Fashion in Japan is not just the fetishised Harajuku modes. The scope and variety of style and fashion is what I love about Japan. There’s a strong sense of personal style, and each person is proud of their look. There is not just one “look book” for the city. Experimentation is for both guys and girls, and you rock what you wear. There’s no side-eye, which I find incredibly refreshing. (It’s so hypocritical of our supposed “liberated” Western sensibilities that I get stares in Sydney for my fashion sense. And we consider the Japanese repressed! Oh, casual racism, you so funny!)
Head over to street style captures like Style Arena and you’ll see there’s a whole world of difference beyond kawaii-style that the Western media insists on feeding. And it’s in these street style blogs that you’ll see much of the clothes worn are actually second hand, and that both men and women appreciate pre-loved fashion.
All the street style pics below are from the amazing Style Arena website, so please, check them out. They give me style inspo every damn day, and I love them!
This environment of style alchemy is coupled with a great appreciation of clothes – not just as a mass commodity, but as something to be treasured. The large population frequently shop second-hand to find their individual mix of style, sometimes wearing recycled items with high-end labels. It’s not uncommon to see a Commes de Garcon shirt matched with used pants, shoes and a belt. I love the sense of liberation that comes from this melding, and I’ve learnt a lot about personal styling from watching these incredibly savvy locals.
Their acceptance of used items, not as a necessity, but as creative play means that used fashion is not looked down upon. It’s actually COOL, and the large amounts of GREAT used clothing stores is a testament to this. As an eco-fashion lover, Japan gives me much joy. Clothes are in great condition, styled well, and displayed with care and love. And I LOVE it!
Whether you love sustainable fashion, thrift store deals, unique pieces, vintage fashion, eco-friendly fashion, op-shops or second-hand clothes, you have not seen anything until you’ve come to Japan. There are literally dedicated sections for Tiffany jewellery, Burberry and Levis vintage jeans. These people know how to take care of their clothes.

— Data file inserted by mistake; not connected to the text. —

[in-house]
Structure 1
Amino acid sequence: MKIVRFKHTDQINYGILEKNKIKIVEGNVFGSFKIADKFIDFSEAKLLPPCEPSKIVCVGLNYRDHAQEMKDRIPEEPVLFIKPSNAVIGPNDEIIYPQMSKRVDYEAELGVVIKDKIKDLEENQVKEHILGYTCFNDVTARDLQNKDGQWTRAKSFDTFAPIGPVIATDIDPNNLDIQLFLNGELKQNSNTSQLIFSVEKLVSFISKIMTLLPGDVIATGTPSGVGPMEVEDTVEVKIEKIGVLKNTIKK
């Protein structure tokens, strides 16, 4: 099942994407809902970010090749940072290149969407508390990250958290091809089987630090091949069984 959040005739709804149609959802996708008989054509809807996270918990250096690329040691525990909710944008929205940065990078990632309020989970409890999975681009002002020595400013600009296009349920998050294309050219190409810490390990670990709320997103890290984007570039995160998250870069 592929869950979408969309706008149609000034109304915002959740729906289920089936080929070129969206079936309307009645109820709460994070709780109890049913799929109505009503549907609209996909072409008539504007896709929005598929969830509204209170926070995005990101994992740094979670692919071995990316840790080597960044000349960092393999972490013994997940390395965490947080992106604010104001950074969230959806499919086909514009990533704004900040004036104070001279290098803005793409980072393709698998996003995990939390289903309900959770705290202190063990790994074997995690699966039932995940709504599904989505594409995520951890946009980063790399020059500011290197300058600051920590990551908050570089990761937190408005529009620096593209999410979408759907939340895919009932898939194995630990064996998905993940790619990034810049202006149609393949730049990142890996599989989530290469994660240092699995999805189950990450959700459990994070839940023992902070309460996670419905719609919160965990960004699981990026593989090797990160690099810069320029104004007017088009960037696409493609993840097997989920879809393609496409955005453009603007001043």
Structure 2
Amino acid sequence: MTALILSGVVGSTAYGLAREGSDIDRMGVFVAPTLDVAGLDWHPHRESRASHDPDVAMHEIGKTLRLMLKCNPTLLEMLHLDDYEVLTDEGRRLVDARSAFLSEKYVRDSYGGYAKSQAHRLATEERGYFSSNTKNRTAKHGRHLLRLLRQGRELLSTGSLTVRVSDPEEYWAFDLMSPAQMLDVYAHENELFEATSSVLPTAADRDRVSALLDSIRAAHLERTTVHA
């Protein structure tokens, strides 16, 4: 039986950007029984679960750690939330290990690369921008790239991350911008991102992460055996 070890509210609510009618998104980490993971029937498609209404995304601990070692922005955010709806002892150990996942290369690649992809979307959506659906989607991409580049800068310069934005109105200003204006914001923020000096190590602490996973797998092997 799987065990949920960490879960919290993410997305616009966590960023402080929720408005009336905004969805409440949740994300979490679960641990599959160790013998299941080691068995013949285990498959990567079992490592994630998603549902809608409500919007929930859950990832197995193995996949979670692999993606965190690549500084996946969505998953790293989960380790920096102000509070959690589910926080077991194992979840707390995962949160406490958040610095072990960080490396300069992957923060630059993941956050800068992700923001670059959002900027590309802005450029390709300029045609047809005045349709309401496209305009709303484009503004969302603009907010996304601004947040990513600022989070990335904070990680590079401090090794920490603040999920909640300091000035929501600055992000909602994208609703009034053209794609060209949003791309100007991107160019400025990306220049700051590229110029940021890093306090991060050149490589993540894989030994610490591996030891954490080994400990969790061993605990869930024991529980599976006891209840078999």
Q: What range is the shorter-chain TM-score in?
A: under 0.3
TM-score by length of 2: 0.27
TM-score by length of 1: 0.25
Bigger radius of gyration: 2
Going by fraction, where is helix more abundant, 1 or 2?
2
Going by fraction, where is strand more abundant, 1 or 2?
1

There are second-hand stores in nearly every city or town – I’ve written about my favourite pre-loved fashion store in Kyoto, Three Star (which is like an art gallery/ boutique!) and Desert Snow in the lesser travelled city of Niigata. There are just so many! But if you are in Tokyo and you are pressed for time, avoid the higher-end pricier places in Harajuku or Shibuya, and go where the locals shop. Koenji.
Below are just a few of the shops in the Tokyo suburb which has (in my humble opinion) some of the best second-hand stores in Tokyo. Welcome to Koenji, bitches! 🙂
Every suburb has a “shopping street”, so when you get to Koenji, you’ll start at Koenji train station and find yourself close to Koenji’s main shopping street. All the stores below are found either on, or just off this main shopping street.
For Pucci prints, 60’s-70’s tones, and groovy patterns – head to Lover Soul.
Oh, yeah, of course, your second-hand store has an entire rack of used BURBERRY coats hanging outside a store! #fuckilovejapan
Stores cater to both guys and gals, so all you men out there who love recycled clothes, you’ve got tonnes to choose from!
And second-hand fashion is not just retro – it’s avant-garde, contemporary cuts and colours.
Marco Polo focuses on shirts – flannels, over-shirts, work coats.
Jap-glish is a thing…. So, uh…. there’s a store called Slut, which sells used & vintage clothes, including kids clothes…
7 Days – more affordable – as it was winter, they focused on winter coats – unisex.
SMALL CHANGE – big impact. I love this store. It’s a little treasure trove of gorgeousness (mostly for femmes), and I find it overwhelming and delightful all at the same time.
2nd street is another store that features more modern, contemporary styles and brands. HUGE selection for guys. And their displays and fittings are better than some of the boutiques and department stores in Australia.
I’ve been to Koenji 3 times in 5 years, always in winter but it never disappoints. If you love eco-friendly fashion and vintage, head to Koenji for your a selection of excellent second-hand clothes.
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